In addition Yle exchanges some Sámi programs with public broadcasters of Norway and Sweden.

Outi Paadar saamelainen aktivisti lasten ohjelma samiflix aamenkielinen kännykkäpeli
There are some applications available in Sámi languages. This one is The Little Red Ridinghood game. Govva: Jenni Leukumaavaara / Yle
The head of Yle Sápmi Pirita Näkkäläjärvi says that the current amount of children programs is not adequate.

– Television production should be year-round, and additionally we should have resources to do content for internet, for instance Yle’s new YouTube service Yle Folk. So far we don’t have funding for that.

Näkkäläjärvi emphasizes that television and internet have a big role in the identity building of Sámi children.

– It has a huge significance, and not only because of the language, but also because Unna Junná has made Sámi children visible for the general public. Sámi kids really do exist because they are on television. Well, actually Sámi children don’t entirely "exist", because they are practically entirely absent from the internet and iPad, which have become the biggest and the most important media for kids.

Because of this invisibility Näkkäläjärvi has a mission. She wants to have Sámi language massively on the internet.

Näkkäläjärvi has suggested for the Prime Minister Juha Sipilä a program called Digisaame.

The idea is to digitize all Sámi-language public services, including media ja children's programmes. Children’s programs would be much more cost-effective on internet than only as a television production.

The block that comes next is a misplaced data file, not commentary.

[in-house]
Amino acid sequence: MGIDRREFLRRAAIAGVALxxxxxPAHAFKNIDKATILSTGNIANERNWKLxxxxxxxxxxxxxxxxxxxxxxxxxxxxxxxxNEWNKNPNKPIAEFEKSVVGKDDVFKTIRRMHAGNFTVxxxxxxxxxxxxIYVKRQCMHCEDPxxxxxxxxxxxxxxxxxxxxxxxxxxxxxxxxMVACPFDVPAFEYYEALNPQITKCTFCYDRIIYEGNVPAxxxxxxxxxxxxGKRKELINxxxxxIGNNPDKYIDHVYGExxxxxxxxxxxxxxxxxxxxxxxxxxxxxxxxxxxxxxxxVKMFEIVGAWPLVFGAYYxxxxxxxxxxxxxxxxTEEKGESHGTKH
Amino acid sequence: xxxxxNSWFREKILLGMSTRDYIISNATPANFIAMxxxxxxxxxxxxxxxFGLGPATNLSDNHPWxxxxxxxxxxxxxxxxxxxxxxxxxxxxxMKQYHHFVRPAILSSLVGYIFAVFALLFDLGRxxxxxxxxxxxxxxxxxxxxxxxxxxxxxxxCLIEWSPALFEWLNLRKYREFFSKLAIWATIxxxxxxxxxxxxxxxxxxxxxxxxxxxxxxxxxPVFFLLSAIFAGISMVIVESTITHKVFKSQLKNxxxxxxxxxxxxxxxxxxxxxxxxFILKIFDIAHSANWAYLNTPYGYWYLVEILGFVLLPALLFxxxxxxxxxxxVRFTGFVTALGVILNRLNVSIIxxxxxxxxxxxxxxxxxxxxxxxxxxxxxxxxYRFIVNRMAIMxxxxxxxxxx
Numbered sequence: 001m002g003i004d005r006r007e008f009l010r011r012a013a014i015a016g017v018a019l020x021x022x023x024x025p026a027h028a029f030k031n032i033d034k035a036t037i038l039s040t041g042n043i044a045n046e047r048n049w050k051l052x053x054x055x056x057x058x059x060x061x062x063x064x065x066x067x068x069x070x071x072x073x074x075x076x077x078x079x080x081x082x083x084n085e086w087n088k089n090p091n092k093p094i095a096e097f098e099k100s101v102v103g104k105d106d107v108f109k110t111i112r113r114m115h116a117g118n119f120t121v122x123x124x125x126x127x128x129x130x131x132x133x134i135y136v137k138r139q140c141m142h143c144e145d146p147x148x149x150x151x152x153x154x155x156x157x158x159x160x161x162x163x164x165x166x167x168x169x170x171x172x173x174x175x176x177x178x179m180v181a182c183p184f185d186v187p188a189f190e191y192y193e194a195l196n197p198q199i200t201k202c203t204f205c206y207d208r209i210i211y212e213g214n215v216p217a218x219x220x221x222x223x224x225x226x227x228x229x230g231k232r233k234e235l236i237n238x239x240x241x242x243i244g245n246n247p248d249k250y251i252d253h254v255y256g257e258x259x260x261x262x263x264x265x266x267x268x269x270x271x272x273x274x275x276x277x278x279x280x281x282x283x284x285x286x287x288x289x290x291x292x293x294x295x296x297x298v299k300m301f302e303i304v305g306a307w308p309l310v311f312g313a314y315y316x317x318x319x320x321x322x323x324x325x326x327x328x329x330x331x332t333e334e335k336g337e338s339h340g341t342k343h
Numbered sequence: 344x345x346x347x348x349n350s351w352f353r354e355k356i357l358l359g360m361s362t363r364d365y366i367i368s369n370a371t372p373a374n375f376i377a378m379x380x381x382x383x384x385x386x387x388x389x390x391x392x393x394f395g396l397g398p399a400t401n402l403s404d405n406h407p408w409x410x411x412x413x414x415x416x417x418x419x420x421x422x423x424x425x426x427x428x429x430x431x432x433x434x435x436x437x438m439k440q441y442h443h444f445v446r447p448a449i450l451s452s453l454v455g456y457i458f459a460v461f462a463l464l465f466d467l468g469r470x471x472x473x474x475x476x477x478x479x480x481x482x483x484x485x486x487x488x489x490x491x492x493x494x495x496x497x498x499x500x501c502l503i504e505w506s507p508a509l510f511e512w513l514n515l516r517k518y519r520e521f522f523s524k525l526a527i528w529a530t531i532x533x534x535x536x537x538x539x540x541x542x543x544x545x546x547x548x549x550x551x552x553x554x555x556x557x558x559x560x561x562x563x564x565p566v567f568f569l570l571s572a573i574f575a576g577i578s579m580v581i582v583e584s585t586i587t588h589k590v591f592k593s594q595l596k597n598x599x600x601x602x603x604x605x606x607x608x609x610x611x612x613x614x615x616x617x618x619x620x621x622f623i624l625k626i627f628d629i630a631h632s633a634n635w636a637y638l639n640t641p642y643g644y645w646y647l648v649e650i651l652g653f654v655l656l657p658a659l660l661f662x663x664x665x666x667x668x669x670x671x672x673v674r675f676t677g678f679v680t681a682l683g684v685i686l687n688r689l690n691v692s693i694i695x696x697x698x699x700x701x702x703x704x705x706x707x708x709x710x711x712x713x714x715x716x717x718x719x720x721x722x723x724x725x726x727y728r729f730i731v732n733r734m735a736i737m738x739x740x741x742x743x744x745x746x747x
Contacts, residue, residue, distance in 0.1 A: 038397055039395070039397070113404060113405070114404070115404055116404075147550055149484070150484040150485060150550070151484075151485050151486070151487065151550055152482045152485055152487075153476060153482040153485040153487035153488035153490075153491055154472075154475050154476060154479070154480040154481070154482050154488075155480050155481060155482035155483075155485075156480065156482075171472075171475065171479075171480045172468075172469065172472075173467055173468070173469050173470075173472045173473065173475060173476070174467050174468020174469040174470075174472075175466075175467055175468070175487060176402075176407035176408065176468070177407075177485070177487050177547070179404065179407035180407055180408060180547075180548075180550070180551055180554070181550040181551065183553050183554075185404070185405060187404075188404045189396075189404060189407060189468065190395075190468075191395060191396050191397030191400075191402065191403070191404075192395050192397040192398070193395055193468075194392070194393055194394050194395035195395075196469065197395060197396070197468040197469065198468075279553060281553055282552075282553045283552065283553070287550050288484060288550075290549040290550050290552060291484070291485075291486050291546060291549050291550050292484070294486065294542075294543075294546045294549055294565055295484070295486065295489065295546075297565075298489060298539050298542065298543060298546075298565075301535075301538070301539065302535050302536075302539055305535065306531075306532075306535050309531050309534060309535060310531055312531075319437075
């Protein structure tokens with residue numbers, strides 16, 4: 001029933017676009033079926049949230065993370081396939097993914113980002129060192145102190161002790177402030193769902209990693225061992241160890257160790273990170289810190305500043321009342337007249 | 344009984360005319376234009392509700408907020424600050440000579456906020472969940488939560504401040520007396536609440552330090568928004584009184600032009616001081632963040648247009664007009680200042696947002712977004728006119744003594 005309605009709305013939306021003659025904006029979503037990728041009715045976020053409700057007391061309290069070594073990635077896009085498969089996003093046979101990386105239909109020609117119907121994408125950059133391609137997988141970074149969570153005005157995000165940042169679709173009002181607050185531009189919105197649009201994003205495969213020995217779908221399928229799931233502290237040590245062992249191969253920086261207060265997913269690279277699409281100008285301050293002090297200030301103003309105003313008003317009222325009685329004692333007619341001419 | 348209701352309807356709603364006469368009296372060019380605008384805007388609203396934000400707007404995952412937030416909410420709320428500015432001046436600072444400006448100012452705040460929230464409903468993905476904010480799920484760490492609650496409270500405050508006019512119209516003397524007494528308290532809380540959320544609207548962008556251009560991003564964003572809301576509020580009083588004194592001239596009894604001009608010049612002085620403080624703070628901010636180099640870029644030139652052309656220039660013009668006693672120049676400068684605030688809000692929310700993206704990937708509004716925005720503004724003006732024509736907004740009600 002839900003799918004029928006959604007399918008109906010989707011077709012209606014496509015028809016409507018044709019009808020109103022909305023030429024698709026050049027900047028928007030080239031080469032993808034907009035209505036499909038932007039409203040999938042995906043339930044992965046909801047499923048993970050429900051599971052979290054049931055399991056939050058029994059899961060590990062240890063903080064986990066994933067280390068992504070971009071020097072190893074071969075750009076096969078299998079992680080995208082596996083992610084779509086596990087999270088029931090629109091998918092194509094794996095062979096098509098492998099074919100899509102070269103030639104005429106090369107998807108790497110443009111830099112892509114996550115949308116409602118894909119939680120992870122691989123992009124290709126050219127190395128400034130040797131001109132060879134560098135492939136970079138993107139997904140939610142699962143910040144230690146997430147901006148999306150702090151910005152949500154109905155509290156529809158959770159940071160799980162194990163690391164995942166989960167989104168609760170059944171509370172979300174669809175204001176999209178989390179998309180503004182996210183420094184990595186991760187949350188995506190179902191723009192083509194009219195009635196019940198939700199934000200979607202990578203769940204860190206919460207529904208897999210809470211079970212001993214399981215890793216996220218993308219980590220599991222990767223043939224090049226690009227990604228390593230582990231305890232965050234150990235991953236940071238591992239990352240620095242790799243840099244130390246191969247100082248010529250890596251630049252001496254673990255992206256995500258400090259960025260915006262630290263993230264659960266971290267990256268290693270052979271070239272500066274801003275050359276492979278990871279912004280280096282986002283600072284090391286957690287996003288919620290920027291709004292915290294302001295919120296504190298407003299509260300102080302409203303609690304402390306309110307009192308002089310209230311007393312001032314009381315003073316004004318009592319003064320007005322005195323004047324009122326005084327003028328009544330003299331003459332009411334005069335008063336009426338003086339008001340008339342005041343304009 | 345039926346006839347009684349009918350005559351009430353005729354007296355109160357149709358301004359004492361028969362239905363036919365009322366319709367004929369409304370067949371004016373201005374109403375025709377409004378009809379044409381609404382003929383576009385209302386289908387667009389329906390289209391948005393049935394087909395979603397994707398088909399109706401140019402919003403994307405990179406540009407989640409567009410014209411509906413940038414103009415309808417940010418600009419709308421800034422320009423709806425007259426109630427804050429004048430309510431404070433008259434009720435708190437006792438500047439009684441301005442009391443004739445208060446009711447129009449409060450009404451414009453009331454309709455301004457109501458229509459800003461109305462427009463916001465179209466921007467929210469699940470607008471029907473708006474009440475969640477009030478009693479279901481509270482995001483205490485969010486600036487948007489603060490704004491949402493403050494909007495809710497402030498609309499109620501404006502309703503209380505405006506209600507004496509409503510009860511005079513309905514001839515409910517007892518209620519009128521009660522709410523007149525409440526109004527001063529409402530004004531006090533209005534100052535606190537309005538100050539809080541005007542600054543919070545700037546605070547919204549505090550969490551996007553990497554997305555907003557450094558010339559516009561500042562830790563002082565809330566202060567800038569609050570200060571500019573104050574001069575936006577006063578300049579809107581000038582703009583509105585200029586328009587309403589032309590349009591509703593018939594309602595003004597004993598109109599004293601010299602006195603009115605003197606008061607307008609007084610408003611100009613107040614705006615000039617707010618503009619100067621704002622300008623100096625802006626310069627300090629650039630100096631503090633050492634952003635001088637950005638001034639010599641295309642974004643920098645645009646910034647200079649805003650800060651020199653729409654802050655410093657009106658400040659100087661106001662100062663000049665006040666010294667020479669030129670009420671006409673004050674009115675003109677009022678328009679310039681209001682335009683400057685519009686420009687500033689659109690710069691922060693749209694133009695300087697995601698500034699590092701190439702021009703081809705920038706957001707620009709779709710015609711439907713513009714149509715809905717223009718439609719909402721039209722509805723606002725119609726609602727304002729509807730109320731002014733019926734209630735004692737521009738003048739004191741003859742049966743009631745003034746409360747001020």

The suggestion is made as a private citizen, so as a head of Yle Sápmi Näkkäläjärvi cannot actively promote the initiative. She still hopes that someone else in the Sámi community would be active. One of the active ones is Outi Paadar, a Sámi and a student living in Rovaniemi.

We want Sámiflix!

Sámi activist Outi Paadar has a dream. She wants to establish a Sámiflix service on the internet. There all Sámi children could watch programs and play games in Sámi.

Muumit ohjelma saamenkieli tekstitys
Muumih sárnuh tavekielâ taan fiilmâst. Govva: Jenni Leukumaavaara / Yle

For Paadar it all started with Moomins; those white and round-shaped, almost globally known characters. NRK [Norwegian Broadcasting Company] dubbed and aired Moomins television series in Sámi in the 1990’s. Sámi children, as children all around the world, were excited.